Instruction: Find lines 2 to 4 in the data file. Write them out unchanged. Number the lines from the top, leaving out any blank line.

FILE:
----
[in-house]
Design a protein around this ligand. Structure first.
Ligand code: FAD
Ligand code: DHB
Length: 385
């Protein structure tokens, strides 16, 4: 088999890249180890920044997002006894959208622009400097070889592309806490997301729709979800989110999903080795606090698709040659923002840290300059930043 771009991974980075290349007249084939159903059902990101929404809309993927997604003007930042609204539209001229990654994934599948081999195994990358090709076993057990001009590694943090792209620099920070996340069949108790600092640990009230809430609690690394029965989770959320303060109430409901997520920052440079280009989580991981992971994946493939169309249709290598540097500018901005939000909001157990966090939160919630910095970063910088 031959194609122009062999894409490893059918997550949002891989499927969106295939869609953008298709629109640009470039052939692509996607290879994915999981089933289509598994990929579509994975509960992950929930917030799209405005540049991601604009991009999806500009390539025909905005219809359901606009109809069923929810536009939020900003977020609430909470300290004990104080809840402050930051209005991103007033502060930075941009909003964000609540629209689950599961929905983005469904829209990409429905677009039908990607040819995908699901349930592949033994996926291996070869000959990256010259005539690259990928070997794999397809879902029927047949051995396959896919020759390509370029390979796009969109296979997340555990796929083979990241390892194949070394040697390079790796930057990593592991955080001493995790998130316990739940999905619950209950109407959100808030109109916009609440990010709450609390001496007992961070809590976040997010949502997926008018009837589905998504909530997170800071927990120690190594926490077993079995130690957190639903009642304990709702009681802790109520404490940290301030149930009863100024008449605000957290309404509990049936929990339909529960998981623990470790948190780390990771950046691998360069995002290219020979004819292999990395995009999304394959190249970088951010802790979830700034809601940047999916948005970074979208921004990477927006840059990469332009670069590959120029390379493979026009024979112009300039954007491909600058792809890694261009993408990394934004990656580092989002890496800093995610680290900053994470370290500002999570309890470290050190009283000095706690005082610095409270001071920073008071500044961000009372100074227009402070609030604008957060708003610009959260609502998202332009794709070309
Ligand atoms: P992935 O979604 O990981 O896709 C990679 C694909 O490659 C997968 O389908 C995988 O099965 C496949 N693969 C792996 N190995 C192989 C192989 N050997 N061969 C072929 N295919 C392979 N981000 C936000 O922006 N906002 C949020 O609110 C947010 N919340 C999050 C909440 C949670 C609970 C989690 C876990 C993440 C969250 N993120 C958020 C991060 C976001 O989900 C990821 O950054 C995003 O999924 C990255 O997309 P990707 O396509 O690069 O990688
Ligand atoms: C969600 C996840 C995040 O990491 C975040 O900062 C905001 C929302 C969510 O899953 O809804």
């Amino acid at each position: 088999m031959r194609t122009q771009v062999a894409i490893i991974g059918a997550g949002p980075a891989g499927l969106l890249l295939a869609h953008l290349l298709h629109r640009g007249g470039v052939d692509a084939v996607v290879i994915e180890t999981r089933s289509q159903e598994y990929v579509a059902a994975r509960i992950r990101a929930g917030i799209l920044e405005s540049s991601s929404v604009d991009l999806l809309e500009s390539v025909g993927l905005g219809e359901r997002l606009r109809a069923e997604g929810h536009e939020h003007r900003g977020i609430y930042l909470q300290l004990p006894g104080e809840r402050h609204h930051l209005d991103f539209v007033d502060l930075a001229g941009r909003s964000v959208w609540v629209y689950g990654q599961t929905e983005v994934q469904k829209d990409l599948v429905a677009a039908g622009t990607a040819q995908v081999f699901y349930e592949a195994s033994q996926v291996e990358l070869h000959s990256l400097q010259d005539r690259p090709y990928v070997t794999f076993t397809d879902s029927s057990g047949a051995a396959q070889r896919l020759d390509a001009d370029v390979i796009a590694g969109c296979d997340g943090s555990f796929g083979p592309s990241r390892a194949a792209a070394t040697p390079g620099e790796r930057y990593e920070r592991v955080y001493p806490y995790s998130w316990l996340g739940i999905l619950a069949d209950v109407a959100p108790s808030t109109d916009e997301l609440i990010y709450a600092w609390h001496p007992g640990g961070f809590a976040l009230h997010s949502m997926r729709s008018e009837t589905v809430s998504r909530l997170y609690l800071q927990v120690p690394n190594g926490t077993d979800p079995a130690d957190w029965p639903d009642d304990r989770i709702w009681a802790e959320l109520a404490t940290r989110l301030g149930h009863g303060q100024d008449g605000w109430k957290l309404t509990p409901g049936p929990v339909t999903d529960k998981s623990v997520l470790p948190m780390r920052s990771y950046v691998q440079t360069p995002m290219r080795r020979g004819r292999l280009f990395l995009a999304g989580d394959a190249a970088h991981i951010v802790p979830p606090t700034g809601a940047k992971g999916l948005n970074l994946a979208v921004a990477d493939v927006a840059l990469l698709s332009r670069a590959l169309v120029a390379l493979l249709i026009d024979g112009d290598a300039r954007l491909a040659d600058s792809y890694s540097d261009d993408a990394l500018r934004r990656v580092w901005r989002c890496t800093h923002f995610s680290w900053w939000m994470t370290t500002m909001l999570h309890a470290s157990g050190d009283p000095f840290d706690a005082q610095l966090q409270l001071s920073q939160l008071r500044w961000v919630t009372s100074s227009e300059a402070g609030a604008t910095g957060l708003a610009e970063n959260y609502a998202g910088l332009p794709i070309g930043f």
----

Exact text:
Design a protein around this ligand. Structure first.
Ligand code: FAD
Ligand code: DHB